Stop Police Brutality 1998!

October 22 Coalition Calls for National Day of Protest

Revolutionary Worker #965, July 12, 1998

We received this press release from the October 22 Coalition:

The Call for a National Day of Protest on October 22nd, 1998, to Stop Police Brutality, Repression, and the Criminalization of a Generation!

Please print and distribute!

1998--The epidemic of police brutality continues to intensify all across the U.S. Every year hundreds are shot down in cold blood, beaten to death or suffocated with pepper spray. Tens of thousands more every year suffer police abuse short of death. This brutality mostly targets Blacks, Latinos, and other people of color. But as the economic and social repression spawning this police violence deepens, it's spilling over into white working class neighborhoods. Often victims of police brutality are themselves jailed and charged with assault on a police officer. Hundreds of immigrants are killed or disappeared by the U.S. border patrol for trying to enter the country in search of work and survival. Immigrants who make it into the country are often victimized by the police and terrorized into silence by threats of deportation and worse. Who will stop police murder and brutality?

1998--1.7 million people are in prisons across the country, most of them young, Black or Latino, and most are in prison for non-violent offenses. Congress is debating lowering the execution age to fifteen and imprisoning juveniles with hardened adult offenders. A whole generation of our youth is being treated like criminals based on how they dress, their attitude, the color of their skin or where they live. Who will stop the criminalization of a generation?

1998--Very basic legal rights, such as the right to challenge wrongful imprisonment, are being stripped away from our people. Surveillance cameras are popping up at intersections, on buildings, in parks, high schools and even public bathrooms as the right to privacy is slowly whittled away. All this hits poor and oppressed people hardest as the authorities flood their neighborhoods with police who set up roadblocks, demand to see ID and conduct warrantless searches. More than 100 overtly "political prisoners" languish in U.S. jails--people like Mumia Abu-Jamal and Leonard Peltier--simply because they dared to resist this brutality and repression. Who will stop this growing government repression?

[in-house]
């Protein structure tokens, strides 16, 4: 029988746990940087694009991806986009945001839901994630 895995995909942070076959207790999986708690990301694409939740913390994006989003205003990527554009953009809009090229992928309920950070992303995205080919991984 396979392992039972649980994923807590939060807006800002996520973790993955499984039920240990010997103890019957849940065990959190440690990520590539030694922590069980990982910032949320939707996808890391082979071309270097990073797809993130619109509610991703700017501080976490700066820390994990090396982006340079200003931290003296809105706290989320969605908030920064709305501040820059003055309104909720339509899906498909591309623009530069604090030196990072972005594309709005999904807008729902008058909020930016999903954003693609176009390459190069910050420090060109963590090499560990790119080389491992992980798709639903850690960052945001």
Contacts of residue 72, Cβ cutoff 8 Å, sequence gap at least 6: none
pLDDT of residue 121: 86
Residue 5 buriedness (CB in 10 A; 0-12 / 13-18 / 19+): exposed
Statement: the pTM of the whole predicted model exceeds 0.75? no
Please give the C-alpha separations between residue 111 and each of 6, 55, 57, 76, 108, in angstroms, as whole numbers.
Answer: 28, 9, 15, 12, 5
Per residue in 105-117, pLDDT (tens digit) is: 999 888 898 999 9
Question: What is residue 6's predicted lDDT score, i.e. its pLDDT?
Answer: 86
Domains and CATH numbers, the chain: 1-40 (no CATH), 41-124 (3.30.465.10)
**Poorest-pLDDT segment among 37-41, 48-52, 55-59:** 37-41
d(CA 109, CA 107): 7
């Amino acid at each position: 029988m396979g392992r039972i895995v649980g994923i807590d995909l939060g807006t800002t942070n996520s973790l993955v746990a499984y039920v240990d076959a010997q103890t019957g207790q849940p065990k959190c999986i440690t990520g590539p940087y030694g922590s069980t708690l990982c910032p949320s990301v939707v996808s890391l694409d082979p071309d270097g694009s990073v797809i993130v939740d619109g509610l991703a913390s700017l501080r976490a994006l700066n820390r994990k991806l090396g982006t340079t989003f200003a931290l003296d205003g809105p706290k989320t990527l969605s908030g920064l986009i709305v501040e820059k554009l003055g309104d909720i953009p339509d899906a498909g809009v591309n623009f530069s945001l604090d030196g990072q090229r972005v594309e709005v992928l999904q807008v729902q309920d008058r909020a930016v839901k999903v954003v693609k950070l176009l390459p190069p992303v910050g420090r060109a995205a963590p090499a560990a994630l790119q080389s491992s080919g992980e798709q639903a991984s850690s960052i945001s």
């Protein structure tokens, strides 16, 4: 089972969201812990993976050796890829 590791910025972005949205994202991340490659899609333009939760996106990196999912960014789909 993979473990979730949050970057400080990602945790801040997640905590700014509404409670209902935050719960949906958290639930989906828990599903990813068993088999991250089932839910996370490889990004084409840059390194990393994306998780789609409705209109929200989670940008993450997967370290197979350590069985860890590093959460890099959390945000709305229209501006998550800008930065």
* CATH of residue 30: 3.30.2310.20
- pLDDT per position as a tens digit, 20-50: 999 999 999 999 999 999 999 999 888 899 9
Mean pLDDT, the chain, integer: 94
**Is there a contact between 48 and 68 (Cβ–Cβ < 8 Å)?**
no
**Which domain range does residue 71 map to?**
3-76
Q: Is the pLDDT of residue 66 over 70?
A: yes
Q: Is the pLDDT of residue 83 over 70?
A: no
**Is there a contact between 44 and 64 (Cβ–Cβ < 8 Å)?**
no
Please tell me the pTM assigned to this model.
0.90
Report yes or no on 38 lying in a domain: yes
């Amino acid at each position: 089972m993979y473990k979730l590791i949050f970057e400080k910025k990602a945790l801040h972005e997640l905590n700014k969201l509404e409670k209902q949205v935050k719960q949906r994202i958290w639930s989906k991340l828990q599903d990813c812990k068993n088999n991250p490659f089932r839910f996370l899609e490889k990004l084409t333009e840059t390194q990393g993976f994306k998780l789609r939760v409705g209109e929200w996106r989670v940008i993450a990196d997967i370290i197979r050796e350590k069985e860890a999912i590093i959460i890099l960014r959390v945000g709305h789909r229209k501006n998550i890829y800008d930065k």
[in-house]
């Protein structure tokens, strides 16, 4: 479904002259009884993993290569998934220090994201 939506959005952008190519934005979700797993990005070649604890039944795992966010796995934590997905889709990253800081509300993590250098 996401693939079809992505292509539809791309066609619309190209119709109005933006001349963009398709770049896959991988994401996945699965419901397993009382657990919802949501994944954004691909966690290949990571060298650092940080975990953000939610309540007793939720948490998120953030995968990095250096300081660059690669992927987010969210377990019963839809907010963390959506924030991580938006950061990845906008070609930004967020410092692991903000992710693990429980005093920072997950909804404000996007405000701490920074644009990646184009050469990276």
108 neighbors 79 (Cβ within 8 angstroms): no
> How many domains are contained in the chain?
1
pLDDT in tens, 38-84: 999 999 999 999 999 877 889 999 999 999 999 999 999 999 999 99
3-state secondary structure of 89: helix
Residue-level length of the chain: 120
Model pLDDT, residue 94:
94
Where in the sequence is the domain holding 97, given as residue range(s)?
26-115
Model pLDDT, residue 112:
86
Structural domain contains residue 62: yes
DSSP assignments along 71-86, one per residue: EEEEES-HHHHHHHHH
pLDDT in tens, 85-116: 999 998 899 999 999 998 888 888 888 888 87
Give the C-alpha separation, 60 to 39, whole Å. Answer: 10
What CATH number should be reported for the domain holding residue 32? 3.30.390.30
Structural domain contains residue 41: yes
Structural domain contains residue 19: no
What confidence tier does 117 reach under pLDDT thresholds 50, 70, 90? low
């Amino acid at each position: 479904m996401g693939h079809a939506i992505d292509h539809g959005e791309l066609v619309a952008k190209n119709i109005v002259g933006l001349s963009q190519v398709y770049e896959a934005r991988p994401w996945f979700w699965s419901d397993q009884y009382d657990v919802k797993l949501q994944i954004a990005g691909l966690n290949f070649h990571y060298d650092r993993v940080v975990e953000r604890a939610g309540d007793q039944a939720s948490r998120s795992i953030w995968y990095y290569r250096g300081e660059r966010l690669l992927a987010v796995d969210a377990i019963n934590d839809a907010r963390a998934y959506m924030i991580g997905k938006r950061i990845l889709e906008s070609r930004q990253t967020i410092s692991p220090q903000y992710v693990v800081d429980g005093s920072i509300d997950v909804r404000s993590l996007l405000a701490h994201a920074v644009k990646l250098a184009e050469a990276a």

Who will stop this? No one but us! People are already resisting in many ways. Parents and other family members of victims of police brutality are inspiring others with their resistance. Demonstrations and other forms of protest are on the rise. There has been just resistance to violent police suppression in St. Petersburg, FL, Chicago's Cabrini Green housing projects, and elsewhere. Many different kinds of people are getting involved in this fight--young people tired of being scapegoated for society's ills, ministers, lawyers, teachers, grassroots people and others. All this resistance needs to be brought together in a powerful movement that can say `NO!' to the authorities' program of answering every problem with more cops and more prisons.

October 22, 1998, the third annual NDP, is just the day to do that. Last year, people in more than fifty cities across the U.S. took to the streets on October 22nd. The day was marked by youthfulness, determination, and great diversity, as people of many different races and backgrounds came together. If you have ever been a victim of police brutality, if you have lost a loved one, or if you are outraged when you read about someone being brutalized by the cops, then you need to be a part of NDP3. On this day we will rally more of those victimized by brutal, murdering cops to stand up and resist. And we will bring over to their side many more people from different backgrounds, people who normally are unaware of the naked terror police are given a green light to inflict on people in the ghettos and barrios, to stand together in the fight against police brutality.

October 22, 1998 will be a day of marches, rallies, cultural events, teach-ins and other forms of protest in cities across the U.S. and beyond. Many will wear black in memory of the victims of police violence and in solidarity with the protests. An updated edition of the book, Stolen Lives, will document additional cases of murder at the hands of the police. We urge all victims of police brutality and all who believe it must end--and end NOW--to join us in this critical fight for justice!


This article is posted in English and Spanish on Revolutionary Worker Online
Write: Box 3486, Merchandise Mart, Chicago, IL 60654
Phone: 773-227-4066 Fax: 773-227-4497
(The RW Online does not currently communicate via email.)